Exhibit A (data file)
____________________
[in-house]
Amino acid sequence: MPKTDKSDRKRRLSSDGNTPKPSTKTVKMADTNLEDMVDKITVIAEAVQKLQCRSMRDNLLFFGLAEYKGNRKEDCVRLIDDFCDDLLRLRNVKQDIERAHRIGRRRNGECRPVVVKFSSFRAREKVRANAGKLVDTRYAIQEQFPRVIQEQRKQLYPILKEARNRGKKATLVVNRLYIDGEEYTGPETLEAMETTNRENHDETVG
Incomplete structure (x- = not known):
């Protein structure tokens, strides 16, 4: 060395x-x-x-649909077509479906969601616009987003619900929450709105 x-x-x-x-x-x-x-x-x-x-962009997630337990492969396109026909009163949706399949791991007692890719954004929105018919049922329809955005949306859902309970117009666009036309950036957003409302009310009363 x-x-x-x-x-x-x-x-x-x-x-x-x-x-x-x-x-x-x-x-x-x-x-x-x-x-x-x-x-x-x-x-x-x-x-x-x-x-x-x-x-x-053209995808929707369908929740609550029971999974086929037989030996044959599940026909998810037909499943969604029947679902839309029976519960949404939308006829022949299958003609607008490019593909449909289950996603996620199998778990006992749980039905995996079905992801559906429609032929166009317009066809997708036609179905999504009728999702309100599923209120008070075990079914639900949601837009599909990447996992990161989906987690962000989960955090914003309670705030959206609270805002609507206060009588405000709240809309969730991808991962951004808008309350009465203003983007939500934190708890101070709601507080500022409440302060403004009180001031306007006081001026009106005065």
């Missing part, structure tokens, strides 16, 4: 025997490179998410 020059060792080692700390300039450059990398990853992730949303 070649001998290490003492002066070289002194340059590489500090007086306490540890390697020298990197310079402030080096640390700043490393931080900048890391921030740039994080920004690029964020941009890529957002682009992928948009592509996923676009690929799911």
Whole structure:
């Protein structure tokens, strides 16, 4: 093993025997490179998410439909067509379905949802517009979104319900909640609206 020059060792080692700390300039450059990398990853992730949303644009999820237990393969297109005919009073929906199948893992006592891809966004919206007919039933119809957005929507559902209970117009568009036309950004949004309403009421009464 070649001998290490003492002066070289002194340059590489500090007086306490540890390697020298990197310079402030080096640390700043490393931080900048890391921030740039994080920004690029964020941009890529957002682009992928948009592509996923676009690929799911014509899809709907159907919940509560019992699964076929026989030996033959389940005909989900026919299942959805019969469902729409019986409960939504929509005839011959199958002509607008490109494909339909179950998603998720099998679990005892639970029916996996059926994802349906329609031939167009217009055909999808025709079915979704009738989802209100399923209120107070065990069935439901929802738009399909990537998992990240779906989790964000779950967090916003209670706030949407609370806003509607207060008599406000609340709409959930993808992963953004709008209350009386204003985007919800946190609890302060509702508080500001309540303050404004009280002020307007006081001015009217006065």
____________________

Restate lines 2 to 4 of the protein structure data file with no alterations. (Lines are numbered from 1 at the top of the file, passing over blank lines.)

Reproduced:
Amino acid sequence: MPKTDKSDRKRRLSSDGNTPKPSTKTVKMADTNLEDMVDKITVIAEAVQKLQCRSMRDNLLFFGLAEYKGNRKEDCVRLIDDFCDDLLRLRNVKQDIERAHRIGRRRNGECRPVVVKFSSFRAREKVRANAGKLVDTRYAIQEQFPRVIQEQRKQLYPILKEARNRGKKATLVVNRLYIDGEEYTGPETLEAMETTNRENHDETVG
Incomplete structure (x- = not known):
């Protein structure tokens, strides 16, 4: 060395x-x-x-649909077509479906969601616009987003619900929450709105 x-x-x-x-x-x-x-x-x-x-962009997630337990492969396109026909009163949706399949791991007692890719954004929105018919049922329809955005949306859902309970117009666009036309950036957003409302009310009363 x-x-x-x-x-x-x-x-x-x-x-x-x-x-x-x-x-x-x-x-x-x-x-x-x-x-x-x-x-x-x-x-x-x-x-x-x-x-x-x-x-x-053209995808929707369908929740609550029971999974086929037989030996044959599940026909998810037909499943969604029947679902839309029976519960949404939308006829022949299958003609607008490019593909449909289950996603996620199998778990006992749980039905995996079905992801559906429609032929166009317009066809997708036609179905999504009728999702309100599923209120008070075990079914639900949601837009599909990447996992990161989906987690962000989960955090914003309670705030959206609270805002609507206060009588405000709240809309969730991808991962951004808008309350009465203003983007939500934190708890101070709601507080500022409440302060403004009180001031306007006081001026009106005065």